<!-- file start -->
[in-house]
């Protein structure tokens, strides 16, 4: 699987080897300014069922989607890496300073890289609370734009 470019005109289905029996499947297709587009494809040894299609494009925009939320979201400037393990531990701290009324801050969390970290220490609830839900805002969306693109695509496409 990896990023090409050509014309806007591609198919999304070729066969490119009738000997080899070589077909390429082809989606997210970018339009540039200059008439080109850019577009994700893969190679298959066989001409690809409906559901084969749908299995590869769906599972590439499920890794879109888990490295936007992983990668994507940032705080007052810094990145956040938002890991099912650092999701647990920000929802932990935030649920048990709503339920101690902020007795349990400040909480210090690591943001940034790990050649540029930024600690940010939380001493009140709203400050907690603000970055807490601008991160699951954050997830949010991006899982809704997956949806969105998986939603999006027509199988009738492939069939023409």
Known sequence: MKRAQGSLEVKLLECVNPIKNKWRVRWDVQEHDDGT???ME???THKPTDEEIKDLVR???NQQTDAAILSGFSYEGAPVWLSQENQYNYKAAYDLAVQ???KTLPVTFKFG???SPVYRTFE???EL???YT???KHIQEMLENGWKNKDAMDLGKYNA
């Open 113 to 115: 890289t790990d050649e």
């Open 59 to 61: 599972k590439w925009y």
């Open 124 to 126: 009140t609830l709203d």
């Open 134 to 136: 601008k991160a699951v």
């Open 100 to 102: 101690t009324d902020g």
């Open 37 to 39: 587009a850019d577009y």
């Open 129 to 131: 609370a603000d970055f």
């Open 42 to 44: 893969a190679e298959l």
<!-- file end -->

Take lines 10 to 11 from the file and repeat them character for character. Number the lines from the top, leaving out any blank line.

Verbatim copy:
């Open 129 to 131: 609370a603000d970055f």
């Open 42 to 44: 893969a190679e298959l």